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Inspector hits out at 'frightening' new regime

Increase in failing schools paints a `worrying picture', he says

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Increase in failing schools paints a `worrying picture', he says

An Ofsted inspector has spoken out against the watchdog's "frightening" new regime, warning that it is failing too many schools and suggesting that chief inspector Sir Michael Wilshaw is partly to blame.

Graham Lancaster, an Essex-based inspector, broke ranks to call for the existing framework to be rewritten, with inspectors given more flexibility not to fail schools. The NAHT heads' union also raised concerns this week that inspectors are not being allowed to use their discretion when assessing school performance.

The warnings came as the watchdog confirmed plans to make inspection even tougher from September. It will introduce "almost no notice" visits, while satisfactory schools will be given four years to be judged good or face special measures and checks on teacher pay levels.

Ofsted figures from the first three weeks of the current regime, introduced in January, show that the percentage of schools judged inadequate rose from 6 to 13 per cent, while the proportion deemed outstanding fell from 18 to 8 per cent.

"We are hearing of large numbers of schools that are going into a category (being failed)," said NAHT general secretary Russell Hobby. "This does contradict everything Ofsted said about the new framework - that they would use the discretion of the inspector."

Mr Lancaster, who is also an Essex County Council primary school adviser, told a conference at Anglia Ruskin University in Chelmsford that the new framework was "rather frightening".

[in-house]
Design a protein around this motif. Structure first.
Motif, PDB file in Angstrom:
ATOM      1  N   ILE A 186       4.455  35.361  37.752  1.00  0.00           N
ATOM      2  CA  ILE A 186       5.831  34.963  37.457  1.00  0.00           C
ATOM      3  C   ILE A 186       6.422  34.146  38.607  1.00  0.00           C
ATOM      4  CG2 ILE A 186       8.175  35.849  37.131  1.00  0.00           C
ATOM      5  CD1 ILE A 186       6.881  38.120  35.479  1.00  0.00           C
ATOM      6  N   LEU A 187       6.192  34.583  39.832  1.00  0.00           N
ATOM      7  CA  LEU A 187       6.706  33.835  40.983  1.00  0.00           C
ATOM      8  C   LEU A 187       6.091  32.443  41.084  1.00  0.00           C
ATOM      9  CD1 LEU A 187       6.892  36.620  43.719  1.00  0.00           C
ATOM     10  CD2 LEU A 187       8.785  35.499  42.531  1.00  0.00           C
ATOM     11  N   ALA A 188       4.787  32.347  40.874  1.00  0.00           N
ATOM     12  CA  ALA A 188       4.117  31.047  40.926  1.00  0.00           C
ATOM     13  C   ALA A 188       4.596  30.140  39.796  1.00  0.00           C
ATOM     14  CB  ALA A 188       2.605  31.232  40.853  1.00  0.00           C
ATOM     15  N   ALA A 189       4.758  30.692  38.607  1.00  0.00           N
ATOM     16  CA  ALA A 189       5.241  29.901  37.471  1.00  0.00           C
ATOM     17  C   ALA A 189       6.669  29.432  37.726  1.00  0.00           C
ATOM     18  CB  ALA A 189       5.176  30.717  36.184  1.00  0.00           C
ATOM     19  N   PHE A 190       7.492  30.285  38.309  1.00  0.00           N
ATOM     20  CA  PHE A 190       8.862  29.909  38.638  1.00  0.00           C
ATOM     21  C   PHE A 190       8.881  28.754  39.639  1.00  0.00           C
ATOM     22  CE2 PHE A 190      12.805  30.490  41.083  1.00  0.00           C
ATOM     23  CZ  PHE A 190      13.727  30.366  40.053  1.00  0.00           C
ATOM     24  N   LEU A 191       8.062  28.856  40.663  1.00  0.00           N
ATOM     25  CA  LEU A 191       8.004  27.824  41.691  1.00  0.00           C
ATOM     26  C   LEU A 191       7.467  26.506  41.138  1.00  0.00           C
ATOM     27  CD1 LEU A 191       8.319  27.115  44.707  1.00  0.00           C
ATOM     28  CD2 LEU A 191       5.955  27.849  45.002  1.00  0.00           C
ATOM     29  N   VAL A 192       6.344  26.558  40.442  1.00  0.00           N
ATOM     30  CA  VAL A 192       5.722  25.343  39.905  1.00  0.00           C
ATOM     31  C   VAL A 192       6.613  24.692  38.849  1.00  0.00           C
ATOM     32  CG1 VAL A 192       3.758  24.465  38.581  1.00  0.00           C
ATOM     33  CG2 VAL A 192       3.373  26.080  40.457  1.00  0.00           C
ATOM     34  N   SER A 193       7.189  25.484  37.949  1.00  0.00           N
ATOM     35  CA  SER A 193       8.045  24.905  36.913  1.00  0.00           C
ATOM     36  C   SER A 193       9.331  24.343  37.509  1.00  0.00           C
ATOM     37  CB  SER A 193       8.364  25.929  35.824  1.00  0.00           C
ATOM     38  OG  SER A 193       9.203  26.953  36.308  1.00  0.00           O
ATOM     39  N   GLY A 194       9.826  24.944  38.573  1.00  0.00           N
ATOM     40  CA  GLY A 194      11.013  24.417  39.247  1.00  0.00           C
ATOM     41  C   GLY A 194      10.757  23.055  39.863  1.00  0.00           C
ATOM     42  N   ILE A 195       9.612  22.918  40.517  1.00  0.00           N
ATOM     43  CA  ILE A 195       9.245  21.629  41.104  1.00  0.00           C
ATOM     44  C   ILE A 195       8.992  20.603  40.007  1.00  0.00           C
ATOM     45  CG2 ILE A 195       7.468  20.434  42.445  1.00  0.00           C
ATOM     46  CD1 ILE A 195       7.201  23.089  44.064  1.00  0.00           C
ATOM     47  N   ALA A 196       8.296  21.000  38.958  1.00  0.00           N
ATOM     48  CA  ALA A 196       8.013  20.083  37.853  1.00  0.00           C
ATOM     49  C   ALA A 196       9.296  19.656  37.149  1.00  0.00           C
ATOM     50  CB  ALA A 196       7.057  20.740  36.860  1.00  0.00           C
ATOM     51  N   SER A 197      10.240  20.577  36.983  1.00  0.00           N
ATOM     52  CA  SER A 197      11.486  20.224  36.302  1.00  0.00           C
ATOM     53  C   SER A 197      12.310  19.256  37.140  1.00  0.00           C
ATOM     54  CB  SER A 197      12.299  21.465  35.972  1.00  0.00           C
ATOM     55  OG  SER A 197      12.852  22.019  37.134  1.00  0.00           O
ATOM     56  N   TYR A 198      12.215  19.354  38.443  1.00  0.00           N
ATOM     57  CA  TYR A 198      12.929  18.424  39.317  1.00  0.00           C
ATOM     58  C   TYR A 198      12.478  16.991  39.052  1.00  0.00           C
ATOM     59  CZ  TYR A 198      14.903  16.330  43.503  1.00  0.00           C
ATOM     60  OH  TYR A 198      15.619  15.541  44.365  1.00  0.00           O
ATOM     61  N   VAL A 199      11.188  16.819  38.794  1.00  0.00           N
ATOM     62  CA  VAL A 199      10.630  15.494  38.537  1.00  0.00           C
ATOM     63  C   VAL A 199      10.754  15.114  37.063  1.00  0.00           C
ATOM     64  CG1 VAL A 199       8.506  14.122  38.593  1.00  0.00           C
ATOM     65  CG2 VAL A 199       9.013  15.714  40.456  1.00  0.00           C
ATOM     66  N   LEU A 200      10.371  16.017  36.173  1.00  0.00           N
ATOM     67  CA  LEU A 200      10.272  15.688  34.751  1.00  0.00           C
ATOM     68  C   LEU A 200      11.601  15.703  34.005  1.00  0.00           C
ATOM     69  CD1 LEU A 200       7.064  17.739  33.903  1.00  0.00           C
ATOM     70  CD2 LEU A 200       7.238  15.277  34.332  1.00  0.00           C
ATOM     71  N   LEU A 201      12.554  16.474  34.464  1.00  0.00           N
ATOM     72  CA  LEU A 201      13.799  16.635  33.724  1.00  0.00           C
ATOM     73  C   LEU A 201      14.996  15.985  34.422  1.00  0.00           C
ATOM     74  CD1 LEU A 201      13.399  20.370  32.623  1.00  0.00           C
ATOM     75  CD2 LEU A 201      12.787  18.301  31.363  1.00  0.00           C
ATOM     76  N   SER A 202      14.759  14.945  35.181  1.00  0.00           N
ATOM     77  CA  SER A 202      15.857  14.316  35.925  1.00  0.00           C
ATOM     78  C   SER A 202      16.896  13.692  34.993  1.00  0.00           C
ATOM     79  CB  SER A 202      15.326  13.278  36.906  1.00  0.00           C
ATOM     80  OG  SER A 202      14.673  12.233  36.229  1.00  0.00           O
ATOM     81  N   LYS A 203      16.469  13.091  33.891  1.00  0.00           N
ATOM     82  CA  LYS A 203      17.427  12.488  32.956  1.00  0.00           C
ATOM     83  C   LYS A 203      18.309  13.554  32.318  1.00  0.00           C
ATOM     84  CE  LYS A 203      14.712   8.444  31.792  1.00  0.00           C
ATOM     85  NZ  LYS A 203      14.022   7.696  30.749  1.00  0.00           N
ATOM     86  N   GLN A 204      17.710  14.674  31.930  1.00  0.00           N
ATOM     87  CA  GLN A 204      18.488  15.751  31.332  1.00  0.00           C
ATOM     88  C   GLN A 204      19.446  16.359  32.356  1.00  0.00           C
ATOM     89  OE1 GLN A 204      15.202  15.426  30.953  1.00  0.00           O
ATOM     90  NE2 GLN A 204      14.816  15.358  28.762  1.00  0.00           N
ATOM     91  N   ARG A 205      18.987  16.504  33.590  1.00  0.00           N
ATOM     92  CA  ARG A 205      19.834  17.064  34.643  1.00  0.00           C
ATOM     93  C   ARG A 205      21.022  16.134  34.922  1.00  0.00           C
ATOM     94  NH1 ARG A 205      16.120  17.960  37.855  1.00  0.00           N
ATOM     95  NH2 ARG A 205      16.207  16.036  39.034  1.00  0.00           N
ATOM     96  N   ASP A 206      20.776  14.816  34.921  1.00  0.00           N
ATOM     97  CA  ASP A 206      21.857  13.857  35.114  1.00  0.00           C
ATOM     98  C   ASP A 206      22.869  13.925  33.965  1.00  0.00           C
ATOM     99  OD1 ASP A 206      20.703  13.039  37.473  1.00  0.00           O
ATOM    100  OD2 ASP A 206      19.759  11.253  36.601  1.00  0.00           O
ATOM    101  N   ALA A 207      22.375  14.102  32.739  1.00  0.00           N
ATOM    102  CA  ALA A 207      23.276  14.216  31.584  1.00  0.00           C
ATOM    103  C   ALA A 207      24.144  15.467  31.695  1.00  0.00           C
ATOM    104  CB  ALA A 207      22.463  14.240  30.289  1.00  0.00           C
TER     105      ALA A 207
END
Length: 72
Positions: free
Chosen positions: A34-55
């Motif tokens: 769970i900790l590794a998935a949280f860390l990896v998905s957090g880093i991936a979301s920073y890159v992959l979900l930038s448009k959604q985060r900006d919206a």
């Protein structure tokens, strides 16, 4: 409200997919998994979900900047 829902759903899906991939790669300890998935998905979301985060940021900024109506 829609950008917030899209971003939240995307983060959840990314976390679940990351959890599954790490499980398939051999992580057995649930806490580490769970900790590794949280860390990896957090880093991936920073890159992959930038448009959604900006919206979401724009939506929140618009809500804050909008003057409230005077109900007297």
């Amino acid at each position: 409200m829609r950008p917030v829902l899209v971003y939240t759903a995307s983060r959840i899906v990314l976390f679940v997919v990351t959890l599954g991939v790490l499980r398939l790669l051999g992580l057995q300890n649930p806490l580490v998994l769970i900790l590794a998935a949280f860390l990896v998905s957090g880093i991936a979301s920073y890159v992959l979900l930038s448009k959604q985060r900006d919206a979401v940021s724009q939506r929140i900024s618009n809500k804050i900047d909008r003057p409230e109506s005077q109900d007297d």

"We have had schools in Essex, which previously were regarded as good schools, that have gone to failing the inspection in just two days," he added. "That is a bit of a worrying picture."

After the conference he told TES: "It is not just in Essex; it is countrywide. The bar has been raised and it is really focused on pupil achievement as it never has been before. There has been more flexibility for inspectors in the past, I think, to take account of context, to take account of current data."

The increase in failed schools had delayed the publication of reports because all verdicts of inadequate had to be double-checked, Mr Lancaster said.

Sir Michael Wilshaw, who became Ofsted's chief inspector in January, was part of the reason for the shift, Mr Lancaster suggested. "The change in chief inspector if anything seems to be hardening the position, rather than actually introducing that perspective of standing back and thinking, `This can't be right if so many schools are actually falling into a category,'" he said. "I don't believe schools have got worse since January."

Mr Lancaster told the conference that Ofsted had limited public confidence in education by triggering damaging headlines. It had also created "low morale in the profession because of a lack of trust and because of the continuing raising of the bar".

"Nothing is ever good enough, it would appear," he added.

An Ofsted spokesman said: "`The streamlined inspection framework introduced this year focuses on the most important areas of a school. Nine out of 10 headteachers tell us that our inspections help them to improve."


Schools will be warned of Ofsted visits the afternoon before inspectors arrive under an "almost no notice" regime to be introduced from September, it was announced this week.

Chief inspector Sir Michael Wilshaw said that he wanted no-notice visits in January, just days after a TES article prompted concerns about schools drafting in "ringer" teachers and sending poorly behaved pupils on school trips.

But Sir Michael has relented after logistical concerns were raised by headteachers.

A plan to make any school gaining a grade 3 on inspection - currently known as "satisfactory" - eligible for forced academy conversion has been dropped.

The grade 3 schools will be labelled "requires improvement". They will be reinspected within two years - longer than the 12-18 months originally proposed. And they will have four rather than three years to become "good" or face special measures, unless there are "exceptional circumstances".

Inspectors will check the correlation between the quality of teaching and salary progression. Only schools with outstanding teaching will be judged outstanding.

The "notice to improve" label will be changed back to "serious weaknesses".

Original headline: Ofsted inspector hits out at `frightening' new regime

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